Last game: Failed to lose to USC, 22-13.

As frightening as: MRSA. Fear level = 8.

Superlative: Most referees on payroll.

If Michigan could play them now: Michigan would probably find another way to lose again, which is fine. This year, as they say, is Not Ours.

In hindsight, Michigan should have: Run the ball more, which sounds crazy now, but back then people had luxuries like ulnar nerves and tibias. This kind of thing worked.

Bowl game: Notre Dame is 60 minutes away from Returning to Glory. Agasp.

Prediction: Either way Ohio State won't end up No. 1 in the AP. 

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Purdue (6-6 overall, 3-5 B1G)

Last game: Won rivalry game against Indiana 56-35, fired coach.

Arithmetic: WALRUS minus STACHE equals MANATEE.

If Michigan could play them now: It would be a semifinal match for the title of “B1G Team with most season-altering injuries.” In the other bracket of this hypothetical tournament is Iowa, which has a bye because of its self-explanatory No. 1 seed.

In hindsight, Michigan should have: Savored this win more.

Bowl game: Heart of Dallas Bowl vs. Oklahoma State.

Prediction: Oklahoma State is 7-5. All five of its losses have been to teams that were ranked at one point or another during the season; Purdue lost to Minnesota. In conference play, Oklahoma State beat TCU, No. 24 Iowa State, West Virginia, and No. 23 Texas Tech by multiple scores; in conference play, Purdue beat Indiana by multiple scores.

This should go real well.

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Illinois (2-10 overall, 0-8 B1G)

Last game: Could not overcome five-score deficit; lost to Northwestern.

As frightening as: Someone else’s septic leak. Schadenfreude level = 4. It’s been a few years since they last beat Michigan, so it’s difficult to relish their misery.

Superlative: Most likely to develop oropharyngeal malignancy.

If Michigan could play them now: Be careful what you wish for, or Jim Delany might put them in Michigan’s division so Michigan can play them year after year after year until Fresno State joins the B1G and they have to redo the thing again. Playing Illinois every year doesn’t seem so bad, though. I just wish they could go back to being interesting rather than sad.

In hindsight, Michigan should have: Not injured Denard’s arm, since the arm issue would turn out to be kind of disastrous two games later. This is foreshadowing, for those of you who suffered from alcohol-induced retrograde amnesia after the OSU game and are now trying to piece the events of the season back together.

Bowl game: Ha. (By the way, what is with people typing “ha” over text or gchat? I normally have a two-“ha” minimum when I laugh electronically, unless I’m feeling derisive. Is being stingy with the “ha’s” a Michigan thing? I only ever notice this when communicating with people from Michigan.)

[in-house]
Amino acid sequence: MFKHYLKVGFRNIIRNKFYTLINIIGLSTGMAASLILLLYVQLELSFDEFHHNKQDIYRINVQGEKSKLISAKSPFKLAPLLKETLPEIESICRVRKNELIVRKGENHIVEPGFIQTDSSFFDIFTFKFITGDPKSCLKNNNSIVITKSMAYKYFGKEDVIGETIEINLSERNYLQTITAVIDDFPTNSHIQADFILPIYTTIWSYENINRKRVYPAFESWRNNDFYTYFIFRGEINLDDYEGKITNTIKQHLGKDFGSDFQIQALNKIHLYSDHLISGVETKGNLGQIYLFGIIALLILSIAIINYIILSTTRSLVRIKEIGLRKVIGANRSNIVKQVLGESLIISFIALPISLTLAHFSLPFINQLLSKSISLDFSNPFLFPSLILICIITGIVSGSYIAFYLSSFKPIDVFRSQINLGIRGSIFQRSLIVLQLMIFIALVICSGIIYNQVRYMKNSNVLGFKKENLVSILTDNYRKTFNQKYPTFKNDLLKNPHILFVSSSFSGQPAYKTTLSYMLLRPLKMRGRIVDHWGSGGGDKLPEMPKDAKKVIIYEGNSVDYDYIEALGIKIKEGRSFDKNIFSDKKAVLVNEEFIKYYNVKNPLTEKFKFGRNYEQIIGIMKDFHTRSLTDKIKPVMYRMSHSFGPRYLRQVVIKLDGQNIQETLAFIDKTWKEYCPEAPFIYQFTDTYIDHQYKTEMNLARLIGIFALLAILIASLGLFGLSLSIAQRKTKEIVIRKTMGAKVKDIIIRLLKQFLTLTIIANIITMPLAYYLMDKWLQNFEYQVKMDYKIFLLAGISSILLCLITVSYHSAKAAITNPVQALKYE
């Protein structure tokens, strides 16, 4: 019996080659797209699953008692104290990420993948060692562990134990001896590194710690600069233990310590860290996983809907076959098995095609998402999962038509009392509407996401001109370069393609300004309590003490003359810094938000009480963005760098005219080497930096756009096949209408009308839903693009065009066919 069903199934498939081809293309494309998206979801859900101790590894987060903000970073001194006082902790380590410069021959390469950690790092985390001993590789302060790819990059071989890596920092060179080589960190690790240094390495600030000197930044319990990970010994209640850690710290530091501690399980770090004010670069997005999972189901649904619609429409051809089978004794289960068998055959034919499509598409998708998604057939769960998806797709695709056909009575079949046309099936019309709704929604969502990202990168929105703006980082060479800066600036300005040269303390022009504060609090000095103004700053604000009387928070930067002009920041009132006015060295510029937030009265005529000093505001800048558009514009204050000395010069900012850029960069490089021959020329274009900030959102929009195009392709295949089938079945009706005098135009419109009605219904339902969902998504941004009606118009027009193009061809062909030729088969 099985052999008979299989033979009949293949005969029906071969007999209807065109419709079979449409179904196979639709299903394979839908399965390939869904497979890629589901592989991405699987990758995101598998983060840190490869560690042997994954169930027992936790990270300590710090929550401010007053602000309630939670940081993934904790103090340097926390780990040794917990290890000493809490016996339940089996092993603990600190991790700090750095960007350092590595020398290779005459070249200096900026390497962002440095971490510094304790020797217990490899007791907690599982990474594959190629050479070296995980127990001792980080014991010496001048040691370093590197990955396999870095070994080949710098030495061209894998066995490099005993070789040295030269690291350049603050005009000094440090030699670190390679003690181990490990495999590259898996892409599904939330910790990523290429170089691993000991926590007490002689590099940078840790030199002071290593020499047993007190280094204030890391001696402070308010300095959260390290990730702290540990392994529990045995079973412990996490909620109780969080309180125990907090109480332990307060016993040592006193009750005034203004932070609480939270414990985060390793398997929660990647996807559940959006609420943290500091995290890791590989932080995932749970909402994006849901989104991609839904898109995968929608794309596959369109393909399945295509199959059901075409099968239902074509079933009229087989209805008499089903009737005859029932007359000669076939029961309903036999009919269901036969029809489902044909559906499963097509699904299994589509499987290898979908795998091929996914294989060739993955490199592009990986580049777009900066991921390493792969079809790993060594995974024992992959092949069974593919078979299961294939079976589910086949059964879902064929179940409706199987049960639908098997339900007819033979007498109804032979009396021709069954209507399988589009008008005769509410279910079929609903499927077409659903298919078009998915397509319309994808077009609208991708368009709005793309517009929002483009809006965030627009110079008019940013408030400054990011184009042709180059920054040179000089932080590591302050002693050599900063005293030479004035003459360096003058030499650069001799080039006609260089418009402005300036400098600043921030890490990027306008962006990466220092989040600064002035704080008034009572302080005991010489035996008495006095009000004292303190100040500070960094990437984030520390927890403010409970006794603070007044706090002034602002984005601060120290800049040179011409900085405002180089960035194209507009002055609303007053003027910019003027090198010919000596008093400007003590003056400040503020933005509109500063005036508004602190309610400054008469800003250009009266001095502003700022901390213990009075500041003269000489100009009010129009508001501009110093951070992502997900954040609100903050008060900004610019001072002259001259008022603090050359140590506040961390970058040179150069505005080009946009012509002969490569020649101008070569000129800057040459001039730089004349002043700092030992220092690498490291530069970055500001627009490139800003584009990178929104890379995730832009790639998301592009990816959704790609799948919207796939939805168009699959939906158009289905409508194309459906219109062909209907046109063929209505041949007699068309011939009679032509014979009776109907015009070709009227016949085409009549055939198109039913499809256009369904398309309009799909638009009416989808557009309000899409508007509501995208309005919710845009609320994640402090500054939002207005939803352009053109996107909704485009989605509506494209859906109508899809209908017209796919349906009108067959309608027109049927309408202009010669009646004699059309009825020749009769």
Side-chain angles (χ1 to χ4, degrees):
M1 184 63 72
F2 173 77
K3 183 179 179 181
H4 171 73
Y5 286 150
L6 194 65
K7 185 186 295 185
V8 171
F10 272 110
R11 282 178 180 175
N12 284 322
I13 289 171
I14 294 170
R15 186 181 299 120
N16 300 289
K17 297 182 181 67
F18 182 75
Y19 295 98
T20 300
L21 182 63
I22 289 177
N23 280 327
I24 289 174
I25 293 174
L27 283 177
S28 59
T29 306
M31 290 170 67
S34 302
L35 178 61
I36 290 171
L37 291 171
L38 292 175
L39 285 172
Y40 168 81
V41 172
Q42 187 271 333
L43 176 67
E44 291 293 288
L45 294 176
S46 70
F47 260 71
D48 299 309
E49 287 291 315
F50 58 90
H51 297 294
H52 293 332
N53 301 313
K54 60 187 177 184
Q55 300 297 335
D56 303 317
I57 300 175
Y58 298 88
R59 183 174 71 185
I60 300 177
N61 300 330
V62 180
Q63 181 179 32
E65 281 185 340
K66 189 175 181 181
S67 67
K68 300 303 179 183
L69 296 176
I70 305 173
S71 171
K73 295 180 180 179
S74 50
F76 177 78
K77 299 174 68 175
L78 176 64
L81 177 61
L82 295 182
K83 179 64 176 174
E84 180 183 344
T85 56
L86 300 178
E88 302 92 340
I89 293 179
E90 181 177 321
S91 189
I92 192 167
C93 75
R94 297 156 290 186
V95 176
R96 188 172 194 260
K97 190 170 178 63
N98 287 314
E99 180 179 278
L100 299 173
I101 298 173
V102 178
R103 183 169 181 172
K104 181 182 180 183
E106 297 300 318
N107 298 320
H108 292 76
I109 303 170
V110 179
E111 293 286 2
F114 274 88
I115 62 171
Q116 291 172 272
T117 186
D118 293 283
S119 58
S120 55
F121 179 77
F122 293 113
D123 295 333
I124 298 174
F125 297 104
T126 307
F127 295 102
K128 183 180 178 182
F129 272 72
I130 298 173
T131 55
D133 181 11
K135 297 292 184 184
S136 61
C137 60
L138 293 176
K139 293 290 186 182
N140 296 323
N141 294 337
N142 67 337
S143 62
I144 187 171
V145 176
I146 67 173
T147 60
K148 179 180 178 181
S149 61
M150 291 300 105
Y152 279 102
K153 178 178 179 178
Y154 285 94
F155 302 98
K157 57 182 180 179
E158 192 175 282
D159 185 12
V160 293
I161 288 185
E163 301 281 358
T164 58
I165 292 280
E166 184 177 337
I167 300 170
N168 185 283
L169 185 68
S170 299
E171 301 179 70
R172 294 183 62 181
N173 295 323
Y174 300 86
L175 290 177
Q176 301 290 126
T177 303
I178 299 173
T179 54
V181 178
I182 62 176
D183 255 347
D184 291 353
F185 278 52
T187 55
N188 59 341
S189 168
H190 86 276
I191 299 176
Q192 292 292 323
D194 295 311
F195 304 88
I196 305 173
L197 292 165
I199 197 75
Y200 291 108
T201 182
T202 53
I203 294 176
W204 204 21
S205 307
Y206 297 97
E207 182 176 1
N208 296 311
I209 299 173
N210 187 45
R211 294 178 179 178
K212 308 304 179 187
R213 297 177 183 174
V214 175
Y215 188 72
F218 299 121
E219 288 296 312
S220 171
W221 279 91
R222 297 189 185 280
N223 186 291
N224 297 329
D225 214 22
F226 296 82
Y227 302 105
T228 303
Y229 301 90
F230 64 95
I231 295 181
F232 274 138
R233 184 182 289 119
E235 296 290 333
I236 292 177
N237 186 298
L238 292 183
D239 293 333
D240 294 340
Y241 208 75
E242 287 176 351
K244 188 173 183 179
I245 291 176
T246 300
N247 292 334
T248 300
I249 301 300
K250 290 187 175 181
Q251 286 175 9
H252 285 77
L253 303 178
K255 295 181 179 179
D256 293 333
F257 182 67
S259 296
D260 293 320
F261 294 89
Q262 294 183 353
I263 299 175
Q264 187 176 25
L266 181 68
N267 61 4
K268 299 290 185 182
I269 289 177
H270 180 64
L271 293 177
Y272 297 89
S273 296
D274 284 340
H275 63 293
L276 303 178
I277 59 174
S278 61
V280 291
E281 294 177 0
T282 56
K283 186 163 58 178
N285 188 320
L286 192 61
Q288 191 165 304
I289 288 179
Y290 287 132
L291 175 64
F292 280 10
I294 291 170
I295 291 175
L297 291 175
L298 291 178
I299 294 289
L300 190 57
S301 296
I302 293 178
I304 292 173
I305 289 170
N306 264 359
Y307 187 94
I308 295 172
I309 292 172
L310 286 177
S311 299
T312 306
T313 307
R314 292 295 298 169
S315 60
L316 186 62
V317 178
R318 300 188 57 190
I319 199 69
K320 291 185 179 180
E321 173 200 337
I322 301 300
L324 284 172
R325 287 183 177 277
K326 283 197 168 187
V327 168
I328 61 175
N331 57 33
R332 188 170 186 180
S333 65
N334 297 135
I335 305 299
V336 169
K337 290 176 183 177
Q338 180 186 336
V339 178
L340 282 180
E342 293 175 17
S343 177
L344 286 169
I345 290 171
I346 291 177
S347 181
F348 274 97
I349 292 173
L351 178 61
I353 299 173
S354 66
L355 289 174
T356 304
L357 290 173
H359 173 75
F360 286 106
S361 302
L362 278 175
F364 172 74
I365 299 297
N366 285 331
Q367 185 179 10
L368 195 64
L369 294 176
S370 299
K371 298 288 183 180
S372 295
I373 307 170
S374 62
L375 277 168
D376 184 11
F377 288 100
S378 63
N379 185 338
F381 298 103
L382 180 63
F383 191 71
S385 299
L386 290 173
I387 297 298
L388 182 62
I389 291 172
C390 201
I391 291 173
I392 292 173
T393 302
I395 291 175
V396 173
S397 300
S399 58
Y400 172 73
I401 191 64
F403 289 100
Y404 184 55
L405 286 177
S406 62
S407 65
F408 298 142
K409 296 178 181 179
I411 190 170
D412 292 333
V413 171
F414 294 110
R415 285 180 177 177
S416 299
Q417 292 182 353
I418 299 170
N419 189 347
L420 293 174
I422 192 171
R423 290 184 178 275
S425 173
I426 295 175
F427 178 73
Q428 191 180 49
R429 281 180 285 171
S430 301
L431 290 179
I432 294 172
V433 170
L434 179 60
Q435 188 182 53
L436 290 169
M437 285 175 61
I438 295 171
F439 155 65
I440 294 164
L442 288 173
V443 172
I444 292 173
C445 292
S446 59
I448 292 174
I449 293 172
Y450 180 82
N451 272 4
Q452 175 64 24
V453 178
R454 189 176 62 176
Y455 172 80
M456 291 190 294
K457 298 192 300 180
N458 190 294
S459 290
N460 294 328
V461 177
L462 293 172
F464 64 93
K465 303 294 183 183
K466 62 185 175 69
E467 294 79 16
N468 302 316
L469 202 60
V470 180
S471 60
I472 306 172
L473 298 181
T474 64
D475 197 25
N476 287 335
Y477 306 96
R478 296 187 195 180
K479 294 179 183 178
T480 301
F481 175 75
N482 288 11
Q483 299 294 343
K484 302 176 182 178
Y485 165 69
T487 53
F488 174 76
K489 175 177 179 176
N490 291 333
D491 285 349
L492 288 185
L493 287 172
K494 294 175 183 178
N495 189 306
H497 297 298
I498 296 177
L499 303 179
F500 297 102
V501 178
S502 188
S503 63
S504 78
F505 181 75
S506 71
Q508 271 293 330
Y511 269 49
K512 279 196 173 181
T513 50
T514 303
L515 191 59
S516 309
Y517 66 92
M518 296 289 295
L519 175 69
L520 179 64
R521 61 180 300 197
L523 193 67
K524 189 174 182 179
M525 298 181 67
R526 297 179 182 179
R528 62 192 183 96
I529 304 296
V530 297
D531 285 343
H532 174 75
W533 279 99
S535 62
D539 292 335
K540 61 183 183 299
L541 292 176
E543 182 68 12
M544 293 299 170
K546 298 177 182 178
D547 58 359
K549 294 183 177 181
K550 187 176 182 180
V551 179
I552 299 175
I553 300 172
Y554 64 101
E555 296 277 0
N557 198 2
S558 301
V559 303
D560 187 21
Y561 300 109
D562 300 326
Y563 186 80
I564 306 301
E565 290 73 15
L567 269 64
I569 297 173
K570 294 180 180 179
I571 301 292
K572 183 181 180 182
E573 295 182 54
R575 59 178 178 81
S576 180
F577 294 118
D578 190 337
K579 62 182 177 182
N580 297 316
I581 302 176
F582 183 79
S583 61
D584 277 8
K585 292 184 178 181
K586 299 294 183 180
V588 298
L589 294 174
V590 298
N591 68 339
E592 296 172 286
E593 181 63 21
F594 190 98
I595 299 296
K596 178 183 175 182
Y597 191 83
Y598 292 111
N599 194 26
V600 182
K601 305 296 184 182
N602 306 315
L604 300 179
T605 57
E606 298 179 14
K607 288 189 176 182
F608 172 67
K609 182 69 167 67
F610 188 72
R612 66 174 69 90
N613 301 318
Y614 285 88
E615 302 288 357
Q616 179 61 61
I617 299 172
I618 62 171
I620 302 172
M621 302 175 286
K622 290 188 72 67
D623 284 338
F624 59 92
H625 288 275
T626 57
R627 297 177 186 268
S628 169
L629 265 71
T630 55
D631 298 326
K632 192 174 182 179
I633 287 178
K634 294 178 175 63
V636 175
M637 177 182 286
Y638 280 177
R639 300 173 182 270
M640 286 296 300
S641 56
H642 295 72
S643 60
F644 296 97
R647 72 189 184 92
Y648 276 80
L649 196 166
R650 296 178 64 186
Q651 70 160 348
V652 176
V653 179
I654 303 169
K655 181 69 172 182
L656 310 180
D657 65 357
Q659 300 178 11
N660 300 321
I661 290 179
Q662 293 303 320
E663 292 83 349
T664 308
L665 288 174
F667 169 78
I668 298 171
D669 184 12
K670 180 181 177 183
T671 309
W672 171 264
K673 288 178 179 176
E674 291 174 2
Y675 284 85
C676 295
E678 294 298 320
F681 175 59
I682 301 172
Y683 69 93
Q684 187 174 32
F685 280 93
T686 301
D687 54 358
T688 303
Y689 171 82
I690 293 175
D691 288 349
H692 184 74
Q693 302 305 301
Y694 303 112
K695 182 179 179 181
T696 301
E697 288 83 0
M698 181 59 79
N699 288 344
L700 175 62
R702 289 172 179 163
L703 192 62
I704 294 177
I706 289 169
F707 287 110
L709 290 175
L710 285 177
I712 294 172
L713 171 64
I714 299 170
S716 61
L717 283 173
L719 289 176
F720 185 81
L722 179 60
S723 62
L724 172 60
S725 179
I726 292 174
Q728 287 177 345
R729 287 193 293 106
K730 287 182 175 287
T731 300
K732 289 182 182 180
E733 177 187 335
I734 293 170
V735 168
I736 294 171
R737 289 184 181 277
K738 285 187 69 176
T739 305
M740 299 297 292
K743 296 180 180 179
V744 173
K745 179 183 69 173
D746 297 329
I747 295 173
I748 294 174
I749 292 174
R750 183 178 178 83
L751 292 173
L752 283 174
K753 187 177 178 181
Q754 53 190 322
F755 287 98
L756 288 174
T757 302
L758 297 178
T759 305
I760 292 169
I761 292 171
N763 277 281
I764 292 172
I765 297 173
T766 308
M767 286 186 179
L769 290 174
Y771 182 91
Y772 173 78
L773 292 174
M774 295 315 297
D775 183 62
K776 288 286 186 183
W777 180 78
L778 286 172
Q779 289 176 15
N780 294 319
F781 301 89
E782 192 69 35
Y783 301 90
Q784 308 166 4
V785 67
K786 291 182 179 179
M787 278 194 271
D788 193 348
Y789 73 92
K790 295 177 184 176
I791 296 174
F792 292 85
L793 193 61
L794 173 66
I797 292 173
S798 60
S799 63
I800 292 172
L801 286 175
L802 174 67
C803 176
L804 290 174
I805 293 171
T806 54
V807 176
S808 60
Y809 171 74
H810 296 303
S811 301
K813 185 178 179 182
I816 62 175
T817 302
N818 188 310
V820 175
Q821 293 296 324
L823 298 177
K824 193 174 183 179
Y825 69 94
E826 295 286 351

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Michigan State (6-6 overall, 3-5 B1G)

Last game: Beat Minnesota 26-10, avoided a losing record.

As frightening as: A rock.

Fear level = 5.

Superlative: Most likely to throw up on self en route to Disney World, ruining the trip for everyone.

If Michigan could play them now: Maybe Michigan could have some fake audibles. Like, okay, you don’t want to play chess with Narduzzi, but wouldn’t it be fun to pretend like you are? “Alert alert alert!” = base play. “Blue 42! Blue 42!” = base play. “We’re going to throw it to Dileo!” = We’re going to throw it to Dileo.

In hindsight, Michigan should have: Anticipated the most obvious fake punt situation ever, which has only become more obvious in hindsight.

Bowl game: B-dubs vs. TCU. Should be fun to watch actually.

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No. 16 Nebraska (10-3 overall, 7-2 B1G)

Last game: Lost 70-31 to Alabamasconsin.

As frightening as: A teenager who finally gets his license after failing twice. Fear level = 7, to others and self.

If Michigan could play them now: Oh if only.

In hindsight, Michigan should have: I hate them so much.

Bowl game: It’s more loathing than hate. It’s how you would feel about someone who you let copy your homework and then gets both of you in trouble.

Prediction: Nebraska plays Georgia. Good luck!

--------------------

Minnesota (6-6 overall, 2-6 B1G)

Last game: Lost to Michigan State 26-10.

As frightening as: Anything that can be described as “scrappy.” Fear level = 3.

Superlative: Best tire fire mitigation effort.

If Michigan could play them now: Same story, different day.

In hindsight, Michigan should have: Prepared Devin Gardner to play quarterback a week earlier. This is purely a hindsight thing, though.

Bowl game: Ritual gopher slaughter at Meineke Car Care Bowl of Texas vs. Texas Tech.

Prediction: The gods will be pleased.

--------------------

All the better to play Monopoly with.

No. 20 Northwestern (9-3 overall, 5-3 B1G)

Last game: Managed to hold onto a five-score lead, beat Illinois 50-14.

As frightening as: Receiving an email with the subject line “Remove Me From This List!” Fear level = 7.

Superlative: Worst utilization of Kyle Prater.

If Michigan could play them now: I liked the screw-with-their-reads plan Mattison used late against Northwestern and Ohio State. Mattison knows how to play chess.